Hon. Mr. Scott: I think the answer to the question is that subsection 3 provides "Clauses 1(a) and (b) do not apply if the conditions on which the contract or benefit is awarded, approved or granted to the former member are the same for all persons similarly entitled," and the question here is, what were the conditions on which the person similarly entitled to an FMA received it? The honourable member who was a beneficiary under that contract received it on the same conditions as the others who were entitled to it.


That is answer one. The other answer is provided by clause 11(1)(d) of the Legislative Assembly Act, which speaks to the eligibility of a member of an assembly, of course, but stipulates that no one is ineligible "by reason of his being the holder of a mining licence or having a contract or agreement with Her Majesty or with any public officer or ministry with respect to the same or to mines or mining rights, but no such person shall vote on any question affecting such licence, contract or agreement or in which he is interested by reason thereof."

The honourable members will know there are certain other sections, such as clause (f), that speak in precisely the same terms to timber licences, with which we may be concerned here, and fishery licences.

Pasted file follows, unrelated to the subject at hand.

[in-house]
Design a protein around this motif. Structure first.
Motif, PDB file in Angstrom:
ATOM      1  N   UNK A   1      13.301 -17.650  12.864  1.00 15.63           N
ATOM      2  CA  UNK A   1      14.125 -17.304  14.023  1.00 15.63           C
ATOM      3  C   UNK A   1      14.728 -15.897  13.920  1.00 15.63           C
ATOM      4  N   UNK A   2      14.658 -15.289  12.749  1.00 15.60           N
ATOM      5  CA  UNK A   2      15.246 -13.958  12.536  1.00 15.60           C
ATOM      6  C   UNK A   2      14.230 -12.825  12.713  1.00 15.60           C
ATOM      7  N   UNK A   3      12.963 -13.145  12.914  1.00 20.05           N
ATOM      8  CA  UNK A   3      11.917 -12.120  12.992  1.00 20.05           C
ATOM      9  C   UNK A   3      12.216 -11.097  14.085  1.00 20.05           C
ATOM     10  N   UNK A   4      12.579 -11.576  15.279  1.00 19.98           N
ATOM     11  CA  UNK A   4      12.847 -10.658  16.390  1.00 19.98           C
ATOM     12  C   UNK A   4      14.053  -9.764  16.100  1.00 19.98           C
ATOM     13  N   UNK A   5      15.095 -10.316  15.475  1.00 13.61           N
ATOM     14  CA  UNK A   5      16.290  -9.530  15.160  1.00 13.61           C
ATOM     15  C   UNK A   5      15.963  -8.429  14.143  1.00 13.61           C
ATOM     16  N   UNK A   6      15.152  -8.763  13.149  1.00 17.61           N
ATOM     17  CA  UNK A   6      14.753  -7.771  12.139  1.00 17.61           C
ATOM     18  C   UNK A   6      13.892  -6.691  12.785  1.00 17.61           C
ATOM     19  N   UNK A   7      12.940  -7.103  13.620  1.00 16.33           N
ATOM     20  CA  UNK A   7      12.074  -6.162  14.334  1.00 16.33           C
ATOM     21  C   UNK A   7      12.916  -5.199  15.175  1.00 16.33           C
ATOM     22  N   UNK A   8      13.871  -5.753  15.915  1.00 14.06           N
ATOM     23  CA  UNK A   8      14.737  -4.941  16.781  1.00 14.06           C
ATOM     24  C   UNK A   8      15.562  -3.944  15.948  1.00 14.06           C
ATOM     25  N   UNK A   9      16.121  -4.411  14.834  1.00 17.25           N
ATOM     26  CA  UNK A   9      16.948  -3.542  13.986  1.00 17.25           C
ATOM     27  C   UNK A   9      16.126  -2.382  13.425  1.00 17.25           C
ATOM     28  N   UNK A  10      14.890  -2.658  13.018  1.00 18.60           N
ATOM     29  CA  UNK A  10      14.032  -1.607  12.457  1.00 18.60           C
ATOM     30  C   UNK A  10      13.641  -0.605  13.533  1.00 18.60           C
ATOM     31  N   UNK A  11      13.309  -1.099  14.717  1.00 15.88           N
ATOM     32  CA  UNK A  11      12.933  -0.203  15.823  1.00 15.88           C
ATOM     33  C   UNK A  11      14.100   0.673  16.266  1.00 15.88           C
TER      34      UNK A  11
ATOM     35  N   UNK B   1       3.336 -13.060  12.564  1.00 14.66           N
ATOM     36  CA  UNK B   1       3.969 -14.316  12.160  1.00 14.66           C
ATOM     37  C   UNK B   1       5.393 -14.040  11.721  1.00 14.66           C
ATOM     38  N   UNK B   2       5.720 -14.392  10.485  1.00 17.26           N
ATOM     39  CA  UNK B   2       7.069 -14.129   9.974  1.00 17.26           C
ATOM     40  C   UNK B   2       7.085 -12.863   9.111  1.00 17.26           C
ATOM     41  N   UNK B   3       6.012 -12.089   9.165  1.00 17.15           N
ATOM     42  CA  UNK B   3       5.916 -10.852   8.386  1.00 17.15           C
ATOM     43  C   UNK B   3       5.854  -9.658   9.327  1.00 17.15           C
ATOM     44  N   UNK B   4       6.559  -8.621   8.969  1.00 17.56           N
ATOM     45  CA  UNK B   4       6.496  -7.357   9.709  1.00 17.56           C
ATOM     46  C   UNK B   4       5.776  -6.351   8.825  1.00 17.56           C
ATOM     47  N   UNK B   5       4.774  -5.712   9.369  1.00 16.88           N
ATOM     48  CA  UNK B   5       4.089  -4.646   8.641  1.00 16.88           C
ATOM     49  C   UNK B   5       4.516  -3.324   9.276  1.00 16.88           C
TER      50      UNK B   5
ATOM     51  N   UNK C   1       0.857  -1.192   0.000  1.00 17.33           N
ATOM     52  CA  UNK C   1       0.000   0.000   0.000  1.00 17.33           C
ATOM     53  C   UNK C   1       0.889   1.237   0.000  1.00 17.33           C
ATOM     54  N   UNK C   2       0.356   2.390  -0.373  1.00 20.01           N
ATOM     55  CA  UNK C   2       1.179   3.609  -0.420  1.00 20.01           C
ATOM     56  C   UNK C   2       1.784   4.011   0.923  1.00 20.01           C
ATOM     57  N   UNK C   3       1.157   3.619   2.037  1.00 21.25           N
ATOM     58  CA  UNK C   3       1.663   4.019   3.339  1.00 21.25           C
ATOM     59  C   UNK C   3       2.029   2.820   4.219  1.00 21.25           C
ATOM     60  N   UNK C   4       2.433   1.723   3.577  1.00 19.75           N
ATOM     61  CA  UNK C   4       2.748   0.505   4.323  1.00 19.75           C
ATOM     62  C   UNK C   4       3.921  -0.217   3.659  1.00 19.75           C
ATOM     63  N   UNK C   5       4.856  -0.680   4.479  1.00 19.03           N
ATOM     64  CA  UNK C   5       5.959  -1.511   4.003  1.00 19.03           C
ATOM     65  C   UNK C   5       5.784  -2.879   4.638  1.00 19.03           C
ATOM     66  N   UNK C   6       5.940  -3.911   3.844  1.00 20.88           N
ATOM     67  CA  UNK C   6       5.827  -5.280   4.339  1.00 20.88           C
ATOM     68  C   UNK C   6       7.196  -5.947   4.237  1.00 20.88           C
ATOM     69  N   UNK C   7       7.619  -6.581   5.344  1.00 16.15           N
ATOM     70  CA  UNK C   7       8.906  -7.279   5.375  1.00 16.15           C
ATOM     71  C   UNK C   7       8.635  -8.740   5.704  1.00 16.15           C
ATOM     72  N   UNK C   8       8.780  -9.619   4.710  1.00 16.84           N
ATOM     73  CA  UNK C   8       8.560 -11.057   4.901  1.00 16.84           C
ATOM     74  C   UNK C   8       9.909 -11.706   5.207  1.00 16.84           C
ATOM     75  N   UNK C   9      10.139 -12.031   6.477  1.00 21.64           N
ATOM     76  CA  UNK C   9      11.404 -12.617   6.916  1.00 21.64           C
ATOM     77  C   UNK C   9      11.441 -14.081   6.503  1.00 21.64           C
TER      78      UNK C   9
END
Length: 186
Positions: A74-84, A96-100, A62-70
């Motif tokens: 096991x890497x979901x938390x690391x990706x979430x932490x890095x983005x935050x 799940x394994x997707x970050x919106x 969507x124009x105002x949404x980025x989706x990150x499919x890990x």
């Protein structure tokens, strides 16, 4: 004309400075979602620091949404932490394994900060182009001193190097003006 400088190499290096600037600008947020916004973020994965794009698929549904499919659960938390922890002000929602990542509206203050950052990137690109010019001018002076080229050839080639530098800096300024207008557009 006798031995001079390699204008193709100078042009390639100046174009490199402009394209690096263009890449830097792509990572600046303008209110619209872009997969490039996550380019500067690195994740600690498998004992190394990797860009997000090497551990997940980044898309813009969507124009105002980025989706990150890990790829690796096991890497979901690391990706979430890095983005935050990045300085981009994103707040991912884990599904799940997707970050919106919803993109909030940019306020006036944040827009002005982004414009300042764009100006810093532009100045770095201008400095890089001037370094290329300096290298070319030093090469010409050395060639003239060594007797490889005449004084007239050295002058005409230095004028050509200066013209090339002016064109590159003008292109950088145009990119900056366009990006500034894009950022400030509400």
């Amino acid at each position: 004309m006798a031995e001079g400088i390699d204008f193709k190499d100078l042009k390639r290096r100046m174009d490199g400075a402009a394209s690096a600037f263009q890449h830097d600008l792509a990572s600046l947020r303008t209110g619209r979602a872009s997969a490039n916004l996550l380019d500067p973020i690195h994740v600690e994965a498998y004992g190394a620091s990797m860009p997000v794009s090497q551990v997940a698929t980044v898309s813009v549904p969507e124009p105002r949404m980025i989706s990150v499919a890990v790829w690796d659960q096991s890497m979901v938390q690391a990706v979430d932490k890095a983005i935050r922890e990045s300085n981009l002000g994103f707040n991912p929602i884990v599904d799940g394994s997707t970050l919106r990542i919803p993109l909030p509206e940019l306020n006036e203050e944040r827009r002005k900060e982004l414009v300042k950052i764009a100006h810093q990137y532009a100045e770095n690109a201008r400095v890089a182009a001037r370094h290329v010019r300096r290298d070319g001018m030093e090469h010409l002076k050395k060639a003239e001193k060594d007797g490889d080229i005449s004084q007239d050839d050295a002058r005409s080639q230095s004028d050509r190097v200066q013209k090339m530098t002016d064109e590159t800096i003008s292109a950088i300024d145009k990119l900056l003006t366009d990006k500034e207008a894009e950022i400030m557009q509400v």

Mr. Speaker: Order. Will the Leader of the Opposition (Mr. Grossman) take his seat?


Mr. Rae: I have a question for the Premier on a new subject. I want to ask the Premier a question about the employment equity announcement today that was made by the acting Chairman of the Management Board of Cabinet (Mr. Nixon). On February 18, 1985, a communiqué from the Liberal Party quoted the following statement by David Peterson: "We shall bring forward legislative changes to ensure that equality of opportunity becomes a reality." Then he went on to say, "Companies doing business with my government will have to have affirmative action programs as a condition of contract compliance."

In the draft cabinet statement on multiculturalism that went to cabinet under the rubric of the Minister of Citizenship and Culture (Ms. Munro) in November, there was again a direct reference to the question of contract compliance.